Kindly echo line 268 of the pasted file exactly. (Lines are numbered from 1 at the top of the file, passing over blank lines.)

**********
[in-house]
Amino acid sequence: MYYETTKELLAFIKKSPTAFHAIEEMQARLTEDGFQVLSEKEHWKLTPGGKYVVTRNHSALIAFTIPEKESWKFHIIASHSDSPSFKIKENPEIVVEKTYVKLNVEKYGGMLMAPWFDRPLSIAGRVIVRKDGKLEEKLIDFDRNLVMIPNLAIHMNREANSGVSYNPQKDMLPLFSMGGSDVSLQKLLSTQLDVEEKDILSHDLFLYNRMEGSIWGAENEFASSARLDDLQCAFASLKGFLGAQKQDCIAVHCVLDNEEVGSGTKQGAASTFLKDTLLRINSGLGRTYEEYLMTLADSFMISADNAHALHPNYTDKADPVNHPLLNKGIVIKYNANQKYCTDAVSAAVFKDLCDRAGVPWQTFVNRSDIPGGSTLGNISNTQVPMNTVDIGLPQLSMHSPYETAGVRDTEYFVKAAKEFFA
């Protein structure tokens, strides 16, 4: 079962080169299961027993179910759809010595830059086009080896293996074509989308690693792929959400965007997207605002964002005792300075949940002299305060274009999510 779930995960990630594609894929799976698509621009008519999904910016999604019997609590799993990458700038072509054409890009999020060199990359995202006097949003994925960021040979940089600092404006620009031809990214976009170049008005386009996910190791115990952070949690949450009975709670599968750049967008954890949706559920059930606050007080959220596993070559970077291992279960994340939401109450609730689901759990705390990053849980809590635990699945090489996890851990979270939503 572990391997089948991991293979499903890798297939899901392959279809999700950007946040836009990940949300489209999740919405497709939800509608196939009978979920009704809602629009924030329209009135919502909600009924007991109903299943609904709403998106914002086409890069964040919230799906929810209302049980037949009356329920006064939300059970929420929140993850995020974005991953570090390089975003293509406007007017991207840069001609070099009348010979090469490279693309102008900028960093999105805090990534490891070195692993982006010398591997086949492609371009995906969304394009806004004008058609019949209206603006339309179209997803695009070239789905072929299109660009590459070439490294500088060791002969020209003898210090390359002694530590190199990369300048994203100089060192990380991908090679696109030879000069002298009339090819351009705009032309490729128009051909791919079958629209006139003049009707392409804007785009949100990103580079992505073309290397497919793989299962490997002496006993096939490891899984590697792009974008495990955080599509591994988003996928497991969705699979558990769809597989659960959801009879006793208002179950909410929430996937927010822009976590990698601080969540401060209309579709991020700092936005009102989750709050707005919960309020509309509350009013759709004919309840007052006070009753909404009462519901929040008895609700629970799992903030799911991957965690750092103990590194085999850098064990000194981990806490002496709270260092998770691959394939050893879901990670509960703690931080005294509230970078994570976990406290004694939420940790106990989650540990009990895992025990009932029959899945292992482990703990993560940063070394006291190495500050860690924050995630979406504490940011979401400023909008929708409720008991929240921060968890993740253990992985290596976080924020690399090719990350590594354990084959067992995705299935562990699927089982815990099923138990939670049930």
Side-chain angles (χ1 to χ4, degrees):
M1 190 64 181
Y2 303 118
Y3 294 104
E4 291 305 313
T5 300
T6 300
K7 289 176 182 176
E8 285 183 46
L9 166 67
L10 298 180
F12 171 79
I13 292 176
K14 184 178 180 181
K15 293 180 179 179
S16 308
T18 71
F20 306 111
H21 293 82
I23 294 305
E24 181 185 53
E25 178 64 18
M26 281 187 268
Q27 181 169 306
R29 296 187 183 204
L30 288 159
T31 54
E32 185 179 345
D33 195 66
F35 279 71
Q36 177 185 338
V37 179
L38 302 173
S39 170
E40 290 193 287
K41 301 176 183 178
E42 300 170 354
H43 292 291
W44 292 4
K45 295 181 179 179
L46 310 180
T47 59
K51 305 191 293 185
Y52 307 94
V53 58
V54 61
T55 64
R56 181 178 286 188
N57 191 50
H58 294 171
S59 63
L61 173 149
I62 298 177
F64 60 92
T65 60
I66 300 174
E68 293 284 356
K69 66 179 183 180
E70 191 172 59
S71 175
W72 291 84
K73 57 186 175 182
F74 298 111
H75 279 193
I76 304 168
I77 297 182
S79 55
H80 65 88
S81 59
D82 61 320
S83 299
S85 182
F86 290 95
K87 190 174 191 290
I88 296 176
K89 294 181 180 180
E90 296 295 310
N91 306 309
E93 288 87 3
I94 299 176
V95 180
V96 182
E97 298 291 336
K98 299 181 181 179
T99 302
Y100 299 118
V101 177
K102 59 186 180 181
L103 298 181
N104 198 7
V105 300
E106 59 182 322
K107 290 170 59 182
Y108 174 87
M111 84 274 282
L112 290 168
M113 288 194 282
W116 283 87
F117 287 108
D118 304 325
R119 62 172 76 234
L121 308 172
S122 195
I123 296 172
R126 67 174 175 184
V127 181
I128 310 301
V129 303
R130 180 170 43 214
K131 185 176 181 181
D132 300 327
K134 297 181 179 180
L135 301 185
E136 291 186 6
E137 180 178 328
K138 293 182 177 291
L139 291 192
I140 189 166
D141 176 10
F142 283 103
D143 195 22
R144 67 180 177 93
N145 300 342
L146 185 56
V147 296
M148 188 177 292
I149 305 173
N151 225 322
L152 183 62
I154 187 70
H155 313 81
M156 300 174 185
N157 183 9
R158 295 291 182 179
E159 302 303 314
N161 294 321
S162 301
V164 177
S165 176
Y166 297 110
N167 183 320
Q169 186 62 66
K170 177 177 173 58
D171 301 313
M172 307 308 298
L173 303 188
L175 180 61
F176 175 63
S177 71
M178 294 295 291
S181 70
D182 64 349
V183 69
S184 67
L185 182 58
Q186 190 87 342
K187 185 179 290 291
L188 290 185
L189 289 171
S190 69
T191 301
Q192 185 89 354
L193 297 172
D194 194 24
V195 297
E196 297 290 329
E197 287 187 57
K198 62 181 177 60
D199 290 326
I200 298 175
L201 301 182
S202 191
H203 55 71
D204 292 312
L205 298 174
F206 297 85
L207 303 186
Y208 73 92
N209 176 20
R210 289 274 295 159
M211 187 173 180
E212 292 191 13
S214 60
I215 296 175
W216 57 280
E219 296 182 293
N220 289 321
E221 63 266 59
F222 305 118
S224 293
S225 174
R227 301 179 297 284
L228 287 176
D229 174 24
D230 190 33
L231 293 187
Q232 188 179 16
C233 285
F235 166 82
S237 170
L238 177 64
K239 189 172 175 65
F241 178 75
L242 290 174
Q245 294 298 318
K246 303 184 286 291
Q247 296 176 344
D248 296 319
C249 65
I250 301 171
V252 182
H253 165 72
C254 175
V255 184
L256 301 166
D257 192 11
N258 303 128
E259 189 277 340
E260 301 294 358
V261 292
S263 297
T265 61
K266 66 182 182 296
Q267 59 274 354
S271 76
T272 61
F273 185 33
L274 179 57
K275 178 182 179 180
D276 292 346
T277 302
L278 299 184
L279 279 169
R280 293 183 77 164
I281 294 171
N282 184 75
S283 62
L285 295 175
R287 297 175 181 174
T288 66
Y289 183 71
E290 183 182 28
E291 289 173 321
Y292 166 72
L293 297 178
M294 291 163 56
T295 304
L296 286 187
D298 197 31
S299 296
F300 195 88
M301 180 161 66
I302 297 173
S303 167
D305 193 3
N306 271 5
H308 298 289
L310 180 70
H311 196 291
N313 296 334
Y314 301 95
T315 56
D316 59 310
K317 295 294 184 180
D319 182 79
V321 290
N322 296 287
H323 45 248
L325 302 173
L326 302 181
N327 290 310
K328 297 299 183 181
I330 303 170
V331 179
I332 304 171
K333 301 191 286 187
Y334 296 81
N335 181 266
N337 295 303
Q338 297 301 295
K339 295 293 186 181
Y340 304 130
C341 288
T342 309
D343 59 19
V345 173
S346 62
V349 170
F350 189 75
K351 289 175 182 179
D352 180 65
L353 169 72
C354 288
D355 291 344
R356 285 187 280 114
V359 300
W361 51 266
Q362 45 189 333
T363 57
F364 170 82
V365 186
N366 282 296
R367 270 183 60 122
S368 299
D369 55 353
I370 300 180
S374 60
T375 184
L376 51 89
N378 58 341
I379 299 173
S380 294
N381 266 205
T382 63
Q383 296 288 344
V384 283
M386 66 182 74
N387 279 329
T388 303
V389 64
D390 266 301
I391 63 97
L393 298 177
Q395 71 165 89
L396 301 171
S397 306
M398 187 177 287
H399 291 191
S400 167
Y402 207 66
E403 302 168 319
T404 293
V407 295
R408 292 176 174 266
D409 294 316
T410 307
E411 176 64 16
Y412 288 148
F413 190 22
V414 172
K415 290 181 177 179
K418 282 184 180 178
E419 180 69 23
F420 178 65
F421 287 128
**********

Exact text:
D319 182 79